by April McCarthy
From omega-3, to protein, vitamins, and antioxidants — algae has big potential as an industrial source of high value functional ingredients for food production. But with less than 10% of the world’s algae species properly characterized, we are only beginning to realize the full potential of this amazing seaweed.
Cultivation of algae for food purposes dates back over 125 years, though the first industrial production of algae products was seen in Japan shortly after the Second World War (WW2) with the production of Chlorella for food supplements. Despite such a long history of production, high market interest and plenty of attention from research institutes, algae remain a relatively untapped resource.
In this special edition NutraIngredients will delve inside the still relatively untapped world of algae and seaweeds, asking what they are, and why could they could be important as a future source of high value food ingredients.
What is algae?
Two kinds of algae exist: macroalgae, also known as seaweed, and microalgae. Microalgae are very small plant-like organisms that can generally only be seen with the aid of a microscope.
The biodiversity of microalgae is enormous — with each species producing its own unique and sometimes rare mix of compounds. As a result, microalgae are said to represent an almost untapped resource, with only around 10% of all species currently identified and described by the scientific literature.
Naturally growing seaweeds are an important source of food, especially in Asia. They provide many vitamins including: A, B1, B2, B6, niacin and C, and are rich in iodine, potassium, iron, magnesium and calcium. In addition commercially cultivated microalgae, including both algae and cyanobacteria, are marketed as nutritional supplements, such as Spirulina, Chlorella and the Vitamin-C supplement, Dunaliella, high in beta-carotene.
The oils from some algae have high levels of unsaturated fatty acids. For example, Parietochloris incisa is very high in arachidonic acid, where it reaches up to 47% of the triglyceride pool. Some varieties of algae favored by vegetarianism and veganism contain the long-chain, essential omega-3 fatty acids, Docosahexaenoic acid (DHA) and Eicosapentaenoic acid (EPA), in addition to vitamin B12. The vitamin B12 in algae is not biologically active. Fish oil contains the omega-3 fatty acids, but the original source is algae (microalgae in particular), which are eaten by marine life such as copepods and are passed up the food chain. Algae has emerged in recent years as a popular source of omega-3 fatty acids for vegetarians who cannot get long-chain EPA and DHA from other vegetarian sources such as flaxseed oil, which only contains the short-chain Alpha-Linolenic acid (ALA).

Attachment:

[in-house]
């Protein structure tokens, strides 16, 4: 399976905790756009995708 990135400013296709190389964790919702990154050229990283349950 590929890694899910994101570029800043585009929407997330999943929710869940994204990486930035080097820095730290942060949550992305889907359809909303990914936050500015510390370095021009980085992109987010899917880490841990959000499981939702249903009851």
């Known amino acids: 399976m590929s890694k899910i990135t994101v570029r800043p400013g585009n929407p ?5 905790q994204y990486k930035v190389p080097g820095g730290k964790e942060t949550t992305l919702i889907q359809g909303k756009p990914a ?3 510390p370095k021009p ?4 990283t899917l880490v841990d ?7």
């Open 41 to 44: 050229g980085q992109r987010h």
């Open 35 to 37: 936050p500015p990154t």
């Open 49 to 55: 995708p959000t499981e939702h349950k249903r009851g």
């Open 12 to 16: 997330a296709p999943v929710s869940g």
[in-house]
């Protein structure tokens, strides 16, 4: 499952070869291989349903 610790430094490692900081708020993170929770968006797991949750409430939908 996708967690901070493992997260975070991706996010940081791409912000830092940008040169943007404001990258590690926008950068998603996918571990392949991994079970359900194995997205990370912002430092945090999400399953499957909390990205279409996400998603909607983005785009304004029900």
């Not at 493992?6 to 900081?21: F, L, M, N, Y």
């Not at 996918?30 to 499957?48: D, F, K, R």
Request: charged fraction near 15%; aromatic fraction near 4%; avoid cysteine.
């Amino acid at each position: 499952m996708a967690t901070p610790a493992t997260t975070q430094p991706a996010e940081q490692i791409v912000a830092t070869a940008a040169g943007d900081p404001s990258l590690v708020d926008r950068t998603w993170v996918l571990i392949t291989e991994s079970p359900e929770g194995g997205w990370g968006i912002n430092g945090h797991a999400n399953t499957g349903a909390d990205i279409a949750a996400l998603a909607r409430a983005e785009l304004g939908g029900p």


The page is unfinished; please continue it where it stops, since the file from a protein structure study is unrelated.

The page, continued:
With an estimated 200,000 to seven million species to be found in the oceans, rivers and lakes of the world, it is expected that the commercial market for ingredients made from algae will expand as species with promising or valuable compounds are discovered.
Algae — and especially microalgae — are rich in many high-value bioactive components including vitamins, omega-3 fatty acids, pigments, antioxidants and sterols.
For starters, algae contain high quantities of protein — up to 47% by weight. This abundance of protein makes algae one of the most interesting new sources of protein for food applications.
The production of food ingredients from marine algae using bioreactors is said to be around 5000 times more efficient than production using ‘traditional’ crop based agriculture.
However, algae are perhaps best known as a source of beneficial fatty acids — with many species containing a substantial amount of high-quality oils such as omega-3 and omega-6 fatty acids, that are used as raw materials in food and food supplements.
For example, Crypthecodinium cohnii, Schizochytrium and Ulkenia, are known to yield high volumes of docosahexaenoic acid (DHA) and eicosapentaenoic acid (EPA).
In addition to producing high volumes of proteins and omega-3 oils, algae also contain a plethora of antioxidants, vitamins and minerals, including: Astaxanthin (mainly from Haematococcus pluvialis), beta-carotene (from Dunaliella), leutin (from Nitzschia protothecoides and Chlorella), vitamin C, vitamin D2, iodine,
According to the University of Wageningen, more than 15,000 new chemical compounds have been discovered in algae in recent years. Such compounds are being explored by academics and the chemical- and food industry as raw material for various products, “and the list of products made from algae is expanding steadily.”
April McCarthy is a community journalist playing an active role reporting and analyzing world events to advance our health and eco-friendly initiatives.